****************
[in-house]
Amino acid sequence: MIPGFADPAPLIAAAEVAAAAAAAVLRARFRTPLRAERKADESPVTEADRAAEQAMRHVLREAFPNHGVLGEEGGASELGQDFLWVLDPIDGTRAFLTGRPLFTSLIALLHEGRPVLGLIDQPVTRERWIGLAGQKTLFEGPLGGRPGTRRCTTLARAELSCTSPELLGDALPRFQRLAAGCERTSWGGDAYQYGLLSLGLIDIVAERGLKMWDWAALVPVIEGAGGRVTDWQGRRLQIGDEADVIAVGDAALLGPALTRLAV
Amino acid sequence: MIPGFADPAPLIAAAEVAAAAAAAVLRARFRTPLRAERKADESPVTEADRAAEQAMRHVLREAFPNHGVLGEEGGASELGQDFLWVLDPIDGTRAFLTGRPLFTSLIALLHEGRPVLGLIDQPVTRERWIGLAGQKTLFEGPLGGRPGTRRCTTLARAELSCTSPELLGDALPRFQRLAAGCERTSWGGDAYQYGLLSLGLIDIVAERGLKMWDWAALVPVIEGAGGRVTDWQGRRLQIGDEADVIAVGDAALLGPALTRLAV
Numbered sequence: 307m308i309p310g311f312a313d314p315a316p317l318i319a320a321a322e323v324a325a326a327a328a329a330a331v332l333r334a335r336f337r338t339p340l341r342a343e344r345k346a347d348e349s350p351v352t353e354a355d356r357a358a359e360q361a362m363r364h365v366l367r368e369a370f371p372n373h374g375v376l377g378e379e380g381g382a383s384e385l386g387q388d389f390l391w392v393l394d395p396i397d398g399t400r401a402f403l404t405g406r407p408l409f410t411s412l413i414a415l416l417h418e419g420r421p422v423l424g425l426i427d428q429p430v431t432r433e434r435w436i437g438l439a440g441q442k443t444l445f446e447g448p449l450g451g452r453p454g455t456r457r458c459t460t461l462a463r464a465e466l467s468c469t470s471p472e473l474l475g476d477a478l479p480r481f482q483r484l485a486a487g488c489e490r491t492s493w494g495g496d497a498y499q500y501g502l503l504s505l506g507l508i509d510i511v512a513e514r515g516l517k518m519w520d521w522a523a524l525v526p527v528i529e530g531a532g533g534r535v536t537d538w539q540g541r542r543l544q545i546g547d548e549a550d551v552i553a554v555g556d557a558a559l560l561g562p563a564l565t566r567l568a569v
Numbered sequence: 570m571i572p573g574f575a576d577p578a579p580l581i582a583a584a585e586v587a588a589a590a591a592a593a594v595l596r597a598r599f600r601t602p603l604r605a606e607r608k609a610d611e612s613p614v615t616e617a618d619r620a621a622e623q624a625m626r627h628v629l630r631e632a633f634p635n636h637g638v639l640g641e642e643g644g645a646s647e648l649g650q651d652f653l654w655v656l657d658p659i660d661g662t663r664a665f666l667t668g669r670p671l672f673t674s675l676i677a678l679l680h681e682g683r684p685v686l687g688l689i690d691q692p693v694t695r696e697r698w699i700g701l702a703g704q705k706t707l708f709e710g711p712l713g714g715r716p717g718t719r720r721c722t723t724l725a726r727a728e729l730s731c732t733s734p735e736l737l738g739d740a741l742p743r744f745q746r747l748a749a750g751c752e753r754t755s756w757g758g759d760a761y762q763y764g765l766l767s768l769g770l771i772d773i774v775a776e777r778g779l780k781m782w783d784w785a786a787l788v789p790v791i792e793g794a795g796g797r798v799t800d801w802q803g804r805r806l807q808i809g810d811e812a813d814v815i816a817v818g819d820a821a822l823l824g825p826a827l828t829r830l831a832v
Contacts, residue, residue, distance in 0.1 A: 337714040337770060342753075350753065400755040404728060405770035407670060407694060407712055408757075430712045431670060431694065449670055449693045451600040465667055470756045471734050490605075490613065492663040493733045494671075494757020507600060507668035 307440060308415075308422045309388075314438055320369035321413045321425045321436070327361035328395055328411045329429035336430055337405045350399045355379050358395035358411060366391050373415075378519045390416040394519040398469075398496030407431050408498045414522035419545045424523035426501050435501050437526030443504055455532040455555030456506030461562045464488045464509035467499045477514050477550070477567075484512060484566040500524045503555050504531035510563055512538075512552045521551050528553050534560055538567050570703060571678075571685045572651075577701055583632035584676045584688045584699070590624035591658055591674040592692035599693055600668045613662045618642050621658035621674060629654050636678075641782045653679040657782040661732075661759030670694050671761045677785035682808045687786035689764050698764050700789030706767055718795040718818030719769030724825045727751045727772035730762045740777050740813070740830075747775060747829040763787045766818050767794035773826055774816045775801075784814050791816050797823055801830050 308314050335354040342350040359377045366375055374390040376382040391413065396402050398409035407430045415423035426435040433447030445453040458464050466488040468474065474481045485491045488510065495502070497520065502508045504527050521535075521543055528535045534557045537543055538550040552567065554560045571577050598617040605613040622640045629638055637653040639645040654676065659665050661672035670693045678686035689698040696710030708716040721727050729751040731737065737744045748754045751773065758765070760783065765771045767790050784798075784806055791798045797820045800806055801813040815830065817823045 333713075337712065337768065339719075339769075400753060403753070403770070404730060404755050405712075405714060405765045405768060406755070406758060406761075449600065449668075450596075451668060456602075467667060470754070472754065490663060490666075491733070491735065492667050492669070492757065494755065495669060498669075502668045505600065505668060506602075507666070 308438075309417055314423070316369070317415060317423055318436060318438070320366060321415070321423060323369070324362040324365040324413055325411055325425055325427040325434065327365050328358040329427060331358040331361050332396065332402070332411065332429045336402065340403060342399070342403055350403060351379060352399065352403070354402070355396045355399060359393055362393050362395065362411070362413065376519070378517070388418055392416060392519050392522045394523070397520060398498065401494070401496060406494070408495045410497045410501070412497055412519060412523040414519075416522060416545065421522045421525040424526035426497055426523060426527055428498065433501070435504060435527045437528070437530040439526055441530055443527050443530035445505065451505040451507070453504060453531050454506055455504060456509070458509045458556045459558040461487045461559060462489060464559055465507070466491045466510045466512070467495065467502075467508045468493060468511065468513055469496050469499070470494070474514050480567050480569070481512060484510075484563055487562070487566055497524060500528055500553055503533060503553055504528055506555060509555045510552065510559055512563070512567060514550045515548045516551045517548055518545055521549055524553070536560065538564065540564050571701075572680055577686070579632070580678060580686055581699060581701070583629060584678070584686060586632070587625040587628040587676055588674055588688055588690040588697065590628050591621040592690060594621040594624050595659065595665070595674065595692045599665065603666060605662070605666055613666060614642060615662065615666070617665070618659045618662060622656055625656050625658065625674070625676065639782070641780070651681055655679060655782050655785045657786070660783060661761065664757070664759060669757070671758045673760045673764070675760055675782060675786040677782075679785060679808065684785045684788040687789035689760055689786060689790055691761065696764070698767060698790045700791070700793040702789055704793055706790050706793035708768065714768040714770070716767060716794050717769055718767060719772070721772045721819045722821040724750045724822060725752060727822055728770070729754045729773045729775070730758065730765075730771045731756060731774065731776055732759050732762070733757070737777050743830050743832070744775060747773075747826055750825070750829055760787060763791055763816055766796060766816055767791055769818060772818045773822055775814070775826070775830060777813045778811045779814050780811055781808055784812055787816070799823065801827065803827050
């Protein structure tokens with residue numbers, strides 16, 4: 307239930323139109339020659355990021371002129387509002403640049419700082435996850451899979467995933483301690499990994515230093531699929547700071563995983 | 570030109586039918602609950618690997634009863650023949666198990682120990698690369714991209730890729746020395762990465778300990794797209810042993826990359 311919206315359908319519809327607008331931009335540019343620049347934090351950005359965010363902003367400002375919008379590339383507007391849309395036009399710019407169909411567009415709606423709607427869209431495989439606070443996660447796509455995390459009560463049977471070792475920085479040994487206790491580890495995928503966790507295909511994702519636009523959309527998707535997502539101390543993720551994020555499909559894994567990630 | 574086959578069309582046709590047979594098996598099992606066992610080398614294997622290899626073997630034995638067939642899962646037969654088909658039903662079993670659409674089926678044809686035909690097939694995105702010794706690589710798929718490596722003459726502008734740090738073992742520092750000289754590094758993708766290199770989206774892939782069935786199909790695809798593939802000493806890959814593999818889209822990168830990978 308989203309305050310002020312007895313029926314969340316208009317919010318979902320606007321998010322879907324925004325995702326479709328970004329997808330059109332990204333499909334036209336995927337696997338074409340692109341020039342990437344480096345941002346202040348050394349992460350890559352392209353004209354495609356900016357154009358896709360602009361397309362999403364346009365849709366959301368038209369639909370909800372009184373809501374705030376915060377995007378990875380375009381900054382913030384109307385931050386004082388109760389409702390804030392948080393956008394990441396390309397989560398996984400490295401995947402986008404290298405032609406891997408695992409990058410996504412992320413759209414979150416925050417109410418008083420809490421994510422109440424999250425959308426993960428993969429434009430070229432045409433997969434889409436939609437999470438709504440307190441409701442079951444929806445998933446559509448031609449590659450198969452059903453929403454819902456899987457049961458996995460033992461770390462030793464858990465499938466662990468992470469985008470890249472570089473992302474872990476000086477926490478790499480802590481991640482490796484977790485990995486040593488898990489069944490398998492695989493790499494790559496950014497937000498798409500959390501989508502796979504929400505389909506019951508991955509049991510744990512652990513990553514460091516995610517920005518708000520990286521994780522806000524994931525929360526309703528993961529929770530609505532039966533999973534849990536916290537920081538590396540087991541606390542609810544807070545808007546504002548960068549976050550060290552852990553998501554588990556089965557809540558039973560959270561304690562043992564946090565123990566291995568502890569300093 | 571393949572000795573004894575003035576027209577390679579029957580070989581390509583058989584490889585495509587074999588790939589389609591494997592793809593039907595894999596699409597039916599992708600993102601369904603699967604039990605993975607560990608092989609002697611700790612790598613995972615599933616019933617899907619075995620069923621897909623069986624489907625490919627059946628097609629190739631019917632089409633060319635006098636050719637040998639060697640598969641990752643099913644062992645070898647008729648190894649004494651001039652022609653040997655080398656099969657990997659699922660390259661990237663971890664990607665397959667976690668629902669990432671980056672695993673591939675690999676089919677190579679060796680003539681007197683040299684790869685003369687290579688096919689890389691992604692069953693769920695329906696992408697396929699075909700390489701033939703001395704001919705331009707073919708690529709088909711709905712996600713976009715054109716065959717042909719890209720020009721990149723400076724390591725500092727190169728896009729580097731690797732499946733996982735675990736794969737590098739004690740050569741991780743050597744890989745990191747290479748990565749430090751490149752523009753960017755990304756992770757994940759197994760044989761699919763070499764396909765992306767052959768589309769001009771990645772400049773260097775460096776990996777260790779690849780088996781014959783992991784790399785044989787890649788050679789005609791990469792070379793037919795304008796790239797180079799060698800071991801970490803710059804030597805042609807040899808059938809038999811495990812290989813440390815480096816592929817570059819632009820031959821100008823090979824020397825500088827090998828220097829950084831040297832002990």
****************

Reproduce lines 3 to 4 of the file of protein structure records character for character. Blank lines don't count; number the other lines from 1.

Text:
Amino acid sequence: MIPGFADPAPLIAAAEVAAAAAAAVLRARFRTPLRAERKADESPVTEADRAAEQAMRHVLREAFPNHGVLGEEGGASELGQDFLWVLDPIDGTRAFLTGRPLFTSLIALLHEGRPVLGLIDQPVTRERWIGLAGQKTLFEGPLGGRPGTRRCTTLARAELSCTSPELLGDALPRFQRLAAGCERTSWGGDAYQYGLLSLGLIDIVAERGLKMWDWAALVPVIEGAGGRVTDWQGRRLQIGDEADVIAVGDAALLGPALTRLAV
Numbered sequence: 307m308i309p310g311f312a313d314p315a316p317l318i319a320a321a322e323v324a325a326a327a328a329a330a331v332l333r334a335r336f337r338t339p340l341r342a343e344r345k346a347d348e349s350p351v352t353e354a355d356r357a358a359e360q361a362m363r364h365v366l367r368e369a370f371p372n373h374g375v376l377g378e379e380g381g382a383s384e385l386g387q388d389f390l391w392v393l394d395p396i397d398g399t400r401a402f403l404t405g406r407p408l409f410t411s412l413i414a415l416l417h418e419g420r421p422v423l424g425l426i427d428q429p430v431t432r433e434r435w436i437g438l439a440g441q442k443t444l445f446e447g448p449l450g451g452r453p454g455t456r457r458c459t460t461l462a463r464a465e466l467s468c469t470s471p472e473l474l475g476d477a478l479p480r481f482q483r484l485a486a487g488c489e490r491t492s493w494g495g496d497a498y499q500y501g502l503l504s505l506g507l508i509d510i511v512a513e514r515g516l517k518m519w520d521w522a523a524l525v526p527v528i529e530g531a532g533g534r535v536t537d538w539q540g541r542r543l544q545i546g547d548e549a550d551v552i553a554v555g556d557a558a559l560l561g562p563a564l565t566r567l568a569v